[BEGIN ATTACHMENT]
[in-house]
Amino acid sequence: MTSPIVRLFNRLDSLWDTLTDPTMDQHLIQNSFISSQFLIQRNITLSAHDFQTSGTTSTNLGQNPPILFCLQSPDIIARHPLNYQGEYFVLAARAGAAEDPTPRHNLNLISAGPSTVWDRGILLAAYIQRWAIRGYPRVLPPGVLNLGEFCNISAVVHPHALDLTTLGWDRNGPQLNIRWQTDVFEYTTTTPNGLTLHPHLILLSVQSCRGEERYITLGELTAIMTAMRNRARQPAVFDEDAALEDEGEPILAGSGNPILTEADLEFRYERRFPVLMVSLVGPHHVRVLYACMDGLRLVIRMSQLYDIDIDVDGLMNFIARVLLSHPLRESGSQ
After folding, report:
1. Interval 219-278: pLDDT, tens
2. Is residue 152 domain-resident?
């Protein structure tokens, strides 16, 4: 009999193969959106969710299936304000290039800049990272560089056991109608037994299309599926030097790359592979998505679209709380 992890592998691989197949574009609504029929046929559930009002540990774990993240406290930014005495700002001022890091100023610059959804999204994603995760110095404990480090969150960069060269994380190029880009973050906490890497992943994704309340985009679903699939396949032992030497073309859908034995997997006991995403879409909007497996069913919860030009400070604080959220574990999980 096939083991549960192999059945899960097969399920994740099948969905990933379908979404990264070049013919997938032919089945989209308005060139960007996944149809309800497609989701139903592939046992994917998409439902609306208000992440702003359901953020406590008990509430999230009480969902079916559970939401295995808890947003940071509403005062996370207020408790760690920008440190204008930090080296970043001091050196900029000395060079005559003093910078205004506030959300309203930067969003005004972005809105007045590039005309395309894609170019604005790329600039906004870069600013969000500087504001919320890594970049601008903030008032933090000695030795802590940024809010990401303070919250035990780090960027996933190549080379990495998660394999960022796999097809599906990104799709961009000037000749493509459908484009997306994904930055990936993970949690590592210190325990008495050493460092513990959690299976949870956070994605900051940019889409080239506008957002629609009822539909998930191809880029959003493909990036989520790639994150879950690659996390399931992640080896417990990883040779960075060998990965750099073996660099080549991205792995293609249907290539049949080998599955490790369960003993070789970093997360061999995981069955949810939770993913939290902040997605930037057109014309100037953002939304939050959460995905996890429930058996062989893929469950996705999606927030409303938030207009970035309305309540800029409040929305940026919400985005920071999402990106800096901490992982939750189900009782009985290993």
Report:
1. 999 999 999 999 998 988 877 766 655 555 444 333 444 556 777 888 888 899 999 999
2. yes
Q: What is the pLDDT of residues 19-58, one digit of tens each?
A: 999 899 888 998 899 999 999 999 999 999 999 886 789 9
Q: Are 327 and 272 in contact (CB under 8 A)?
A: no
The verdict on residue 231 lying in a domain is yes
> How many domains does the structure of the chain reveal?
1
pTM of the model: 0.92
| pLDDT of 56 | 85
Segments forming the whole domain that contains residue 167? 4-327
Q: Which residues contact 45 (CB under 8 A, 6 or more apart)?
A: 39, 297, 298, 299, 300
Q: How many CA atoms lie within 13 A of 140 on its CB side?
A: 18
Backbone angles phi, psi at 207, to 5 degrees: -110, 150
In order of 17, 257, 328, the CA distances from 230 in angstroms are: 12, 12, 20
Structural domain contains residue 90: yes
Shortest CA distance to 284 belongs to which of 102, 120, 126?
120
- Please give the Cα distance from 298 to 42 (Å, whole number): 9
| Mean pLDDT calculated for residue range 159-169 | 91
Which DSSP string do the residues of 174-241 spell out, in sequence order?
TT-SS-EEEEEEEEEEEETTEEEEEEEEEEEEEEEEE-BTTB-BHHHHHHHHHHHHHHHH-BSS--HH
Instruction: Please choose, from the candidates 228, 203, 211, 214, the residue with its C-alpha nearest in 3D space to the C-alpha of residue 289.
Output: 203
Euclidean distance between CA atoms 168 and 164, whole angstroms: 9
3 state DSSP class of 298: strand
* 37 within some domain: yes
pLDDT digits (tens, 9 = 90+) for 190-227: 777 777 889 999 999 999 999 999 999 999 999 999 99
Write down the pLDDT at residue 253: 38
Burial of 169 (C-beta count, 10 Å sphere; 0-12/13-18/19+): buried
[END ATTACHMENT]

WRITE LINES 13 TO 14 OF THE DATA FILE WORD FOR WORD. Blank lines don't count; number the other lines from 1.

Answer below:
A: no
The verdict on residue 231 lying in a domain is yes